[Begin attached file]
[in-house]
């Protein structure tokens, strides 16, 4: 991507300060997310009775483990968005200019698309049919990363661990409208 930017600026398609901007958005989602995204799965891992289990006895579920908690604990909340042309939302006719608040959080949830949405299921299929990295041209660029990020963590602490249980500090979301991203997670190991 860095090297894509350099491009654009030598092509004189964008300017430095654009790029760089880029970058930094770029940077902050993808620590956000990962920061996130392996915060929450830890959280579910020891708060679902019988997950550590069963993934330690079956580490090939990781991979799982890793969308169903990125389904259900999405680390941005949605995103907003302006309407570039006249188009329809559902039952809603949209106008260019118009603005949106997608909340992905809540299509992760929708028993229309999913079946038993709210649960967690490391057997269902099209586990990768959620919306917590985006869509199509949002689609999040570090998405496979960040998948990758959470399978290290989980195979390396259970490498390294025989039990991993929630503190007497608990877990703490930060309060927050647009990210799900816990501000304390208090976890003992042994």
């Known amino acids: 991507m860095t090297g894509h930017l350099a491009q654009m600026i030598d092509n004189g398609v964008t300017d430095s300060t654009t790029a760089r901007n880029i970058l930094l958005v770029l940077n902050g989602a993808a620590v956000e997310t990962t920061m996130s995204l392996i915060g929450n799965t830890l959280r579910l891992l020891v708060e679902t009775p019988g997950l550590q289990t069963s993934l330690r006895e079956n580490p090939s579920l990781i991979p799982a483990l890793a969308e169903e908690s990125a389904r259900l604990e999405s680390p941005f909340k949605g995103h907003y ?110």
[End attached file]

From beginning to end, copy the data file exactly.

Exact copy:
[in-house]
């Protein structure tokens, strides 16, 4: 991507300060997310009775483990968005200019698309049919990363661990409208 930017600026398609901007958005989602995204799965891992289990006895579920908690604990909340042309939302006719608040959080949830949405299921299929990295041209660029990020963590602490249980500090979301991203997670190991 860095090297894509350099491009654009030598092509004189964008300017430095654009790029760089880029970058930094770029940077902050993808620590956000990962920061996130392996915060929450830890959280579910020891708060679902019988997950550590069963993934330690079956580490090939990781991979799982890793969308169903990125389904259900999405680390941005949605995103907003302006309407570039006249188009329809559902039952809603949209106008260019118009603005949106997608909340992905809540299509992760929708028993229309999913079946038993709210649960967690490391057997269902099209586990990768959620919306917590985006869509199509949002689609999040570090998405496979960040998948990758959470399978290290989980195979390396259970490498390294025989039990991993929630503190007497608990877990703490930060309060927050647009990210799900816990501000304390208090976890003992042994």
């Known amino acids: 991507m860095t090297g894509h930017l350099a491009q654009m600026i030598d092509n004189g398609v964008t300017d430095s300060t654009t790029a760089r901007n880029i970058l930094l958005v770029l940077n902050g989602a993808a620590v956000e997310t990962t920061m996130s995204l392996i915060g929450n799965t830890l959280r579910l891992l020891v708060e679902t009775p019988g997950l550590q289990t069963s993934l330690r006895e079956n580490p090939s579920l990781i991979p799982a483990l890793a969308e169903e908690s990125a389904r259900l604990e999405s680390p941005f909340k949605g995103h907003y ?110």